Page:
Monday, December 7, 2009

Alternate Reality Question For The Day

Is Thoreau's Walden even possible now? Or would the Internet and cell phones inevitably intrude? What would the reaction be if it occurred today?

Would it be something like Robert Louis Stevenson's response?
Now Thoreau's content and ecstasy in living was, we may say, like a plant that he had watered and tended with womanish solicitude; for there is apt to be something unmanly, something almost dastardly, in a life that does not move with dash and freedom, and that fears the bracing contact of the world. In one word, Thoreau was a skulker. He did not wish virtue to go out of him among his fellow-men, but slunk into a corner to hoard it for himself. He left all for the sake of certain virtuous self-indulgences. It is true that his tastes were noble; that his ruling passion was to keep himself unspotted from the world; and that his luxuries were all of the same healthy order as cold tubs and early rising. But a man may be both coldly cruel in the pursuit of goodness, and morbid even in the pursuit of health. I cannot lay my hands on the passage in which he explains his abstinence from tea and coffee, but I am sure I have the meaning correctly. It is this; He thought it bad economy and worthy of no true virtuoso to spoil the natural rapture of the morning with such muddy stimulants; let him but see the sun rise, and he was already sufficiently inspirited for the labours of the day. That may be reason good enough to abstain from tea; but when we go on to find the same man, on the same or similar grounds, abstain from nearly everything that his neighbours innocently and pleasurably use, and from the rubs and trials of human society itself into the bargain, we recognise that valetudinarian healthfulness which is more delicate than sickness itself. We need have no respect for a state of artificial training. True health is to be able to do without it. Shakespeare, we can imagine, might begin the day upon a quart of ale, and yet enjoy the sunrise to the full as much as Thoreau, and commemorate his enjoyment in vastly better verses. A man who must separate himself from his neighbours' habits in order to be happy, is in much the same case with one who requires to take opium for the same purpose. What we want to see is one who can breast into the world, do a man's work, and still preserve his first and pure enjoyment of existence.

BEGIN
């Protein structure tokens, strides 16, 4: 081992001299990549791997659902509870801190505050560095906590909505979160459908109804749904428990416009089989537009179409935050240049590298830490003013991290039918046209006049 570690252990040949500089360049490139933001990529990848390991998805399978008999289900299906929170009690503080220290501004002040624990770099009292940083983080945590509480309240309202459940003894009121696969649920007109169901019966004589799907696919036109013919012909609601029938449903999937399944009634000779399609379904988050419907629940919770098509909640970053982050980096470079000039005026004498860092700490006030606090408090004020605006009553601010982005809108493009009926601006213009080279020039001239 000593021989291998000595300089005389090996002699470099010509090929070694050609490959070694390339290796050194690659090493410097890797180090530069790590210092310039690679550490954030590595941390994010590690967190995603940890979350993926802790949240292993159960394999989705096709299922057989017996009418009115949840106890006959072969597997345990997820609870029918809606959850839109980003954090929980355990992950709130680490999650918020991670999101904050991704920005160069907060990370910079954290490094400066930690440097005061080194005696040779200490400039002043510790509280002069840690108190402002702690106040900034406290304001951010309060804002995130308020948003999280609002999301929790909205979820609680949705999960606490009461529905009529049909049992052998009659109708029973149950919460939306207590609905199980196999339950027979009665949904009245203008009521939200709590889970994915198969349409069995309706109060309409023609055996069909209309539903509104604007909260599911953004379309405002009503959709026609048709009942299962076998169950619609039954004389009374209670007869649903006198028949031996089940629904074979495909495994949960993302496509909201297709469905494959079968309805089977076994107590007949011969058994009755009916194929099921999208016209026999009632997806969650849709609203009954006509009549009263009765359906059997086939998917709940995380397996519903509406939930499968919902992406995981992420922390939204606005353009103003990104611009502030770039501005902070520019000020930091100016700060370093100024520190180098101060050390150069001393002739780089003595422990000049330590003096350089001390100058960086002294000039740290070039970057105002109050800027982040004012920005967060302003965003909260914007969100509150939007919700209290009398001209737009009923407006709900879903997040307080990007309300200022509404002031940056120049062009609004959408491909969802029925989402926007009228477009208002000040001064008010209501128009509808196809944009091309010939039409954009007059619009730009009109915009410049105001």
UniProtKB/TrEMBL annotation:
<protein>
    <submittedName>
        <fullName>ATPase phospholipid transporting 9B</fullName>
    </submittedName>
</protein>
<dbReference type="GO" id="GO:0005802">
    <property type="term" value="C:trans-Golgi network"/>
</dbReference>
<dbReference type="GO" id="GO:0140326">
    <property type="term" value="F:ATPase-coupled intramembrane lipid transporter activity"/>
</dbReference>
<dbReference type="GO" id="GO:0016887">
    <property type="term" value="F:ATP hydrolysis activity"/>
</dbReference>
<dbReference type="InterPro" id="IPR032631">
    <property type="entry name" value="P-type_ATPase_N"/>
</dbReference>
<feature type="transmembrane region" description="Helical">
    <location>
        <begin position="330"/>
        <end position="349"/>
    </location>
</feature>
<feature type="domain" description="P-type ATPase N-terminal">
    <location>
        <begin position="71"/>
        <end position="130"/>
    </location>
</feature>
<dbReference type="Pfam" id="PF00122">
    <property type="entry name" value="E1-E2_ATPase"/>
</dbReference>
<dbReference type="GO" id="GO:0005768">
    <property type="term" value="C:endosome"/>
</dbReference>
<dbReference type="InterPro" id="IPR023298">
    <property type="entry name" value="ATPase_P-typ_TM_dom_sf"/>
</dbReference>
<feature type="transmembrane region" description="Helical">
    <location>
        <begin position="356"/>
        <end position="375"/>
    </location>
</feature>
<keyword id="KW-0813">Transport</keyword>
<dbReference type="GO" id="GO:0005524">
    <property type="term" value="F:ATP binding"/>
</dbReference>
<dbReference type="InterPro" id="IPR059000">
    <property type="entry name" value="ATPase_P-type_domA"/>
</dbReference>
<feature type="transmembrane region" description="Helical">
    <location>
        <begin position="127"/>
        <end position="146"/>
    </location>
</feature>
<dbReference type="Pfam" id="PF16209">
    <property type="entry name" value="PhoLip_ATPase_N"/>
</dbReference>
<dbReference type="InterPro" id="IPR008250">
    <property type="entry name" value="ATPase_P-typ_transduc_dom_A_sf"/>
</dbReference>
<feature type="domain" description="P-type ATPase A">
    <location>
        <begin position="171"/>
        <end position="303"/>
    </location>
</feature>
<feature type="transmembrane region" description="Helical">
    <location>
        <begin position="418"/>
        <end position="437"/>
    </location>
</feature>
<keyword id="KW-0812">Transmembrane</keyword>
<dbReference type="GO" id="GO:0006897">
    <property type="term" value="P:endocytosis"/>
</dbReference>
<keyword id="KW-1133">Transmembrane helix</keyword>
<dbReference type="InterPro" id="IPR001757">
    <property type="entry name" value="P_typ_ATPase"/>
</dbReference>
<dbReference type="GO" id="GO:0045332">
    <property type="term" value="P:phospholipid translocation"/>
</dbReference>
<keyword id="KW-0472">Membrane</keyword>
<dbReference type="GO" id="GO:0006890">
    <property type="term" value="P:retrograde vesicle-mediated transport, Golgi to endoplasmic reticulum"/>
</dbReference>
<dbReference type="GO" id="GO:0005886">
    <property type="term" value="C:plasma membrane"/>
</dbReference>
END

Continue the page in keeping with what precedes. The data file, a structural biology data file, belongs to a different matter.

I actually had no idea that RLS had responded so strongly until I checked the Walden Wikipedia page.

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